“Anyone who visits Jacob Leinenkugel Brewing Company in Chippewa Falls, Wisconsin will understand the blood, sweat and tears that went into building that brewery, and they’ve continued brewing amazing beers for 145 years. And anyone who spends time chatting with Blue Moon Brewing Company founder and brew master Keith Villa will understand the passion and creativity that has gone into developing his Artfully Crafted beers for 17 years. To question the quality of these beers due to their size or success is doing a disservice to the entrepreneurs who created them, and to beer drinkers who love them. Most beer drinkers don’t get hung up on industry definitions, which often change. They just enjoy drinking great beer. Whether people call them craft or some other title is fine with us. We’ll just keep brewing great beer.”

Even Fortune magazine has taken notice of the actions of the big brewers. In an article that ran on their website November 15, the magazine says, “What’s noteworthy about these forays into the craft segment is the way these brands are purposely distanced from their Big Beer parents. You won’t find the Coors name on a bottle of Blue Moon. Rather, you see the name Blue Moon Brewing Company. The same goes for a bottle of Anheuser-Busch‘s Shock Top.”

To many, the actions of the large beer producers are signs that they are worried about the future of their brands. Indeed, over the past few years brands seminal brands like Budweiser and Coors have seen significant drops in their sales and market share. Research released by the Brewers Association shows that the overall beer industry was down 1.3 percent by volume and domestic non-craft was down 5 million barrels in 2011.

At the same time as the large American lagers have been seeing declines, the craft industry is experiencing unprecedented growth. Craft beer grew by 13% in 2011 and by an additional 12% in the first half of 2012.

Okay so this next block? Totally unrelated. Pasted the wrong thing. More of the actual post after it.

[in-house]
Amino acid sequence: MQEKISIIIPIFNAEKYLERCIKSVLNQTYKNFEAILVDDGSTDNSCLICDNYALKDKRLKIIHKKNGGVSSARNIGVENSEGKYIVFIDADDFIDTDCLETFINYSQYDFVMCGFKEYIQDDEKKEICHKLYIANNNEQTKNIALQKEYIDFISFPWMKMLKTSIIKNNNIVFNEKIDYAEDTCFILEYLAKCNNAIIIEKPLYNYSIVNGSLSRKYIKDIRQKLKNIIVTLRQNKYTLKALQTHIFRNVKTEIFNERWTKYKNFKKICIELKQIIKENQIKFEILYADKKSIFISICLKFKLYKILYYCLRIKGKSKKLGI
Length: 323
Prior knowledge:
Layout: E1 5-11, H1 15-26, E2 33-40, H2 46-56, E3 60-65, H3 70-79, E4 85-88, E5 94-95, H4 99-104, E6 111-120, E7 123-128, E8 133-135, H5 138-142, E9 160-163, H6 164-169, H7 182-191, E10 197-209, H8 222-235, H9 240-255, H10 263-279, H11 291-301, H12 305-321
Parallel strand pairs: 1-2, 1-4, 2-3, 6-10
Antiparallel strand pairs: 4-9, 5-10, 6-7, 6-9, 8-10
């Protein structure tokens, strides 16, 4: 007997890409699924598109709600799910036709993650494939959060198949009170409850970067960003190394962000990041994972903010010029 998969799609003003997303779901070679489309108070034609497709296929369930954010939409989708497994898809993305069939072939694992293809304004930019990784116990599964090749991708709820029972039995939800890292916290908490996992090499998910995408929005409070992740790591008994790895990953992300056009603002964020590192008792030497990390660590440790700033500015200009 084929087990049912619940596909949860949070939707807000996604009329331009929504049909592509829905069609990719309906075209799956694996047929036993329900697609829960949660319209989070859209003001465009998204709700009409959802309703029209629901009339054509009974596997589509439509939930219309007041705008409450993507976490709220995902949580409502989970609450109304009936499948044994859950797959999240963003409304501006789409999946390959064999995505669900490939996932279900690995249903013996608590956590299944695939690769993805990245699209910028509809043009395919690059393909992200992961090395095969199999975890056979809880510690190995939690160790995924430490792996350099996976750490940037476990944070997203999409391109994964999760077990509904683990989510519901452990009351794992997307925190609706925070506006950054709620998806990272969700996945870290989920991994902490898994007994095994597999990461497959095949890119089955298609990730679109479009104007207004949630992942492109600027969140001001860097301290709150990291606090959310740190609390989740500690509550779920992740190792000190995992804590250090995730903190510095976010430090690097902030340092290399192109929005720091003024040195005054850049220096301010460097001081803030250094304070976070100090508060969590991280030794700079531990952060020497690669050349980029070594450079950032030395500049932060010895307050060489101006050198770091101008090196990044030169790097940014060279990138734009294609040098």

A craft brewer, as defined by the Brewers Association, is a brewery that produces less than 6 million barrels of beer per year and is less than 25% owned by a national or multi-national adult beverage company. Meaning that brands such as Sierra Nevada, which produced approximately 724,000 barrels of brew in 2011, and Samuel Adams maker Boston Beer Company, which produced approximately 1.9 million barrels are considered craft breweries. By comparison, Anheuser-Busch produced a staggering 340 million barrels of beer last year.

The battle of David and Goliath between the big brands and craft breweries was made even more apparent in 2011 when a bill passed in Texas allowing small breweries to sell beer directly to consumers who toured their facilities. An article in the Houston Chronicle tells of A-B executive Mark Bordas appearing before the Texas senate committee that the bill discriminates against his company because it is tailored to breweries producing fewer than 75,000 barrels per year. Because of this, it appears that AB InBev is very concerned about the competition even the smallest of brewers introduces in the market.

Add to this that the major producers have been busily snapping up smaller breweries, and it is very apparent that craft beer is a force that big business wants to control. Just last year, AB InBev purchased popular Midwest producer Goose Island and has been rolling the brand out nationally. Other brands that have been folded into the big boys include Henry Weinhard, as well as large stakes in Red Hook, Kona, and Widmer Brothers.

In an interview with Bloomberg Businessweek Kopman said that all brewers should label their products so consumers aren’t mislead about a beer’s origin. “We definitely need to discuss this as an industry,” he said. “We need to have an agreed-upon standard for transparency where you are a multinational or an independent.”

And that is the true contention between the craft beer industry and the large producers. The mass producers seem to be trying to masquerade as craft brewers while the true craft brewers struggle to scratch out an existence among the heavily marketed and financed big boys. The Brewers Association ended their article by simply asking that beer-drinkers educate themselves on the beer they are drinking.

Keep up to date on all the beer happenings and news going on in town at the ALL NEW www.JaxBeerGuy.com.

 
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Posted by on December 14, 2012 in Beer, Beer News

 

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Just Brew It to host National Learn to Homebrew Day

Logo of the American Homebrewers Association f...

Logo of the American Homebrewers Association featured in 2011. (Photo credit: Wikipedia)

If beer is known as a social drink, then brewing beer should be known as a social activity as well. Interest in learning to homebrew beer has exploded along with the craft beer industry. Luckily for those who want to learn to brew, this Saturday, Nov. 3, has been designated National Learn to Homebrew Day by the American Homebrewers Association (AHA), a division of the Brewers Association (BA). The event, which was established in 1999, will be observed in Jacksonville by Just Brew It at 2670 Rosselle Street.